Open Standards NZ Co-signers

The undersigned have all agreed that the New Zealand government should create a level playing field for software by mandating that all software procurement, particularly of commercial-off-the-shelf software, only considers software complying with open standards that are vendor-neutral, royalty-free and unencumbered by patents.

Where no relevant open standard exists, the government should undertake to develop suitable open standards, building on those already available elsewhere.

The goal is for software suppliers to the NZ government to compete to meet government-specified open standards rather than competing to set their own proprietary standard as is currently common practise.

# Name Organisation Comment
41 Eliot Blennerhassett this is long overdue
42 Evan Fraser
43 Fran Firman
44 Francois Marier
45 Gabriella Turek self
46 Glenn Ramsey Componic Ltd
47 Glenn Ramsey Componic Ltd
48 Grant Paton-Simpson PSAL Open standards = competition = superior results
49 Grant Paton-Simpson Paton-Simpson & Associates Ltd Requiring open standards is good for the purchasers of software such as government. It also levels the playing field so that New Zealand companies can fairly compete with international software companies. Single-word answer for why we should be following open standards? Flash!
50 Greg Hewgill sole trader
51 Guy Kloss Mega Limited
52 Hadley Rich nice technology
53 Harry Chapman Open standards are the way to ensure all citizens of New Zealand are able to open the files that the Government creates. We can do better!
54 Hilary Oliver
55 Hugh Gordon Cooper Retired State Servant
56 Imogen Grace
57 James Nisbet Bandit Design
58 Jan Larres
59 Jeff Crawford Northern Network Services
60 Jim Cheetham
61 John Butt TrueNet Not just Microsoft, it would be good to get Apple to use opensource for it's office files also.
62 Jonathan Garlick
63 Konstantin Pastbin personal
64 Lachlan Wimsett
65 Loic Teixeira
66 Lovepreet Singh
67 Mark Foster Jazzed Solutions Ltd The use of open standards that are universally accepted and able to be viewed both cross-platform and cross-generation should be an obvious move for Government.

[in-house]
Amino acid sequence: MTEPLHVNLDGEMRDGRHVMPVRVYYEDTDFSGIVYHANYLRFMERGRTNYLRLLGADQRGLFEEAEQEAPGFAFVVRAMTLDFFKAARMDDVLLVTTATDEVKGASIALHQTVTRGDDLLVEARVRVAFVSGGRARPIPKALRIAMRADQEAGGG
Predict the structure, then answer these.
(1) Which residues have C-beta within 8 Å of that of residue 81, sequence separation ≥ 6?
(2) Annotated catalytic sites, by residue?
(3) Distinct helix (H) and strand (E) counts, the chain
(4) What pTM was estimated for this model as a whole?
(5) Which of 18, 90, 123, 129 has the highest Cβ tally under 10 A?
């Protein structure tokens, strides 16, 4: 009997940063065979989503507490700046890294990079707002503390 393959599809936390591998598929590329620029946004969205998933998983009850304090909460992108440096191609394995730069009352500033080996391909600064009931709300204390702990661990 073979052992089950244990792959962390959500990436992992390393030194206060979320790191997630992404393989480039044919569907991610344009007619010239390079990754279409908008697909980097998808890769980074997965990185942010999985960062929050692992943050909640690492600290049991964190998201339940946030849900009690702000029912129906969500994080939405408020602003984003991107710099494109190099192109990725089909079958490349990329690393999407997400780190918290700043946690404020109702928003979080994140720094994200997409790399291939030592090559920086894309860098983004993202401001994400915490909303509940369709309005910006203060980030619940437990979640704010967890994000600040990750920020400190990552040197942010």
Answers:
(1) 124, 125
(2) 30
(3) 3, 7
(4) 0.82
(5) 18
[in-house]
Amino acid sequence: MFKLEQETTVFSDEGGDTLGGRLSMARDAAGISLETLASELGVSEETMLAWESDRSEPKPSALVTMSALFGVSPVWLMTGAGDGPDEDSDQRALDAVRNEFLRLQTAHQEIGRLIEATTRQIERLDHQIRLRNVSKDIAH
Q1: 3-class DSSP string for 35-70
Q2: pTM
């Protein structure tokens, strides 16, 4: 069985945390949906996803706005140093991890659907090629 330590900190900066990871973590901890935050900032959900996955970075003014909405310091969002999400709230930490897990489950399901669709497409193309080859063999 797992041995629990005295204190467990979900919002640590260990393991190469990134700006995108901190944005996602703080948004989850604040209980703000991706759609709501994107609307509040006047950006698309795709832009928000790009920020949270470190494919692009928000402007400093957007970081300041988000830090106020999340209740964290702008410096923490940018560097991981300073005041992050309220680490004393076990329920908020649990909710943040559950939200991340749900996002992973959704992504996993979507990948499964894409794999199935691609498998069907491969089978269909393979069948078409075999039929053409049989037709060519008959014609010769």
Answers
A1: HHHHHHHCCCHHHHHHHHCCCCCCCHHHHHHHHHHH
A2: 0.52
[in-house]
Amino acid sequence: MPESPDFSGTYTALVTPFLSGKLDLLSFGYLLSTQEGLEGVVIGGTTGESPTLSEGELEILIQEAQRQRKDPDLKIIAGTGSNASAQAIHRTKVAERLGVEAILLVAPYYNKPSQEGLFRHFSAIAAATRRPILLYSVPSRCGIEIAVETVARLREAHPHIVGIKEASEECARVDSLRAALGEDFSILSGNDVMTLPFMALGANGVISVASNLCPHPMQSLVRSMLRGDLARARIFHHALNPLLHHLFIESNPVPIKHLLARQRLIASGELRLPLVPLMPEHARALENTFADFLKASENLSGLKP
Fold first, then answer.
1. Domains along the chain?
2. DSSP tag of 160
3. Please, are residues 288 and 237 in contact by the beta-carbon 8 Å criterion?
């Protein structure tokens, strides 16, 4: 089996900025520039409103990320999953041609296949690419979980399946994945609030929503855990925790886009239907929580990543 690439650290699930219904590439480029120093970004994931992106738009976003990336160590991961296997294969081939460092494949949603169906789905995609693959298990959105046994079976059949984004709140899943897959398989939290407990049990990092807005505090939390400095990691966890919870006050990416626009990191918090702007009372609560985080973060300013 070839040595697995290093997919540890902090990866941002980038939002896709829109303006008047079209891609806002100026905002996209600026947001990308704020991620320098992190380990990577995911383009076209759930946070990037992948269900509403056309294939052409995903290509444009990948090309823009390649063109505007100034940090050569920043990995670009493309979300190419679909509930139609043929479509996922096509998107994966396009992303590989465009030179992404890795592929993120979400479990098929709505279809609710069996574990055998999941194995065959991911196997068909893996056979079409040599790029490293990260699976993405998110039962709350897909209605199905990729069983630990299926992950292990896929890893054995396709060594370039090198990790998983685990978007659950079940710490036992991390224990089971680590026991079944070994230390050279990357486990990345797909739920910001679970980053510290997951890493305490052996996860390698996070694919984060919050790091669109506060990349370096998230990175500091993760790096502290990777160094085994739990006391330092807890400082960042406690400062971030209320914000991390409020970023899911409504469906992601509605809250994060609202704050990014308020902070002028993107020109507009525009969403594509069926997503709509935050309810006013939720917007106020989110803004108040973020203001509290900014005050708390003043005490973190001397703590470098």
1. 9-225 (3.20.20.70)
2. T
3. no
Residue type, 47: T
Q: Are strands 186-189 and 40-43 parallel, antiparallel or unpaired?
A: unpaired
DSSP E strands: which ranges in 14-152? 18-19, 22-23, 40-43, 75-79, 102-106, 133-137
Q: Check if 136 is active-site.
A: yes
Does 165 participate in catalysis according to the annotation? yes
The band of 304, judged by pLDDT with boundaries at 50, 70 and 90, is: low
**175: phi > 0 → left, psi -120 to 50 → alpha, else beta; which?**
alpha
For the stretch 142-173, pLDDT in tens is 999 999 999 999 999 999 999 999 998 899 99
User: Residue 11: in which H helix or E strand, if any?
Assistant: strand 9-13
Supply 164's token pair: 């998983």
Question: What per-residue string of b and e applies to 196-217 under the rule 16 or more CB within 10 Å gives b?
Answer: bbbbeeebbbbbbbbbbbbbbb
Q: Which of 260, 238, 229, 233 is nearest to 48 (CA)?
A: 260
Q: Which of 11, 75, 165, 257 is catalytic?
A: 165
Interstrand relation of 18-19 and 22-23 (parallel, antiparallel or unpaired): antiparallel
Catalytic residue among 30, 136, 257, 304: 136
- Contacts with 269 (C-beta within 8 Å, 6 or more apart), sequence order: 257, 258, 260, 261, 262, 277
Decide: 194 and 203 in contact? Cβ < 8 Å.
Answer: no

68 Mark Harris Independent consultant Any organisation, public or private, should be moving to open standards for information retention and reuse, for accessibility and for security. Open standards enable access to historical information (can you still read the WordPerfect documents you wrote in 1989?) as well as the documents of the future. The world is moving towards interoperability - you can't do that when you're bound to a particular vendor who doesn't play well with others and will, by default, use their own, proprietary format. It doesn't matter which vendor you are thinking of, or what type of software or data, there are open alternatives that you should be using to enable sharing or your and other organisation's information.
69 Megan Williams PwC Digital I agree that Open Standards would allow NZ digital companies to compete for software development contracts. That NZ tax payers money returns value to NZ, the IT dollar is invested back in NZ which is good for innovation, growing NZ IT & digital capability, and in turn economic development.
70 Michael Fincham
71 Michel Van Eeckhout Open standards are essential in any democracy.
72 Michelle Beavan Exess Connectivity Ltd
73 Mike Cowie
74 Mike Riversdale Access Granted NZ
75 Monica Corbett Whattam
76 Morgan Avery
77 Nathan Brown Springload
78 Neil Harsant SysLinx - Sole Trader Proprietary data standards come with no guarantee of long term support. Internationally agreed standards to come with such assurance. Government's information is ultimately the property of it's citizens and commercial organizations should not be in a position to hold that information hostage.
79 Nicholas Phillips Alternatively, as a very minimum, include cost of migrating data away from any tendered solution in the assessed cost of implementation of that solution.
80 Nigel Bovey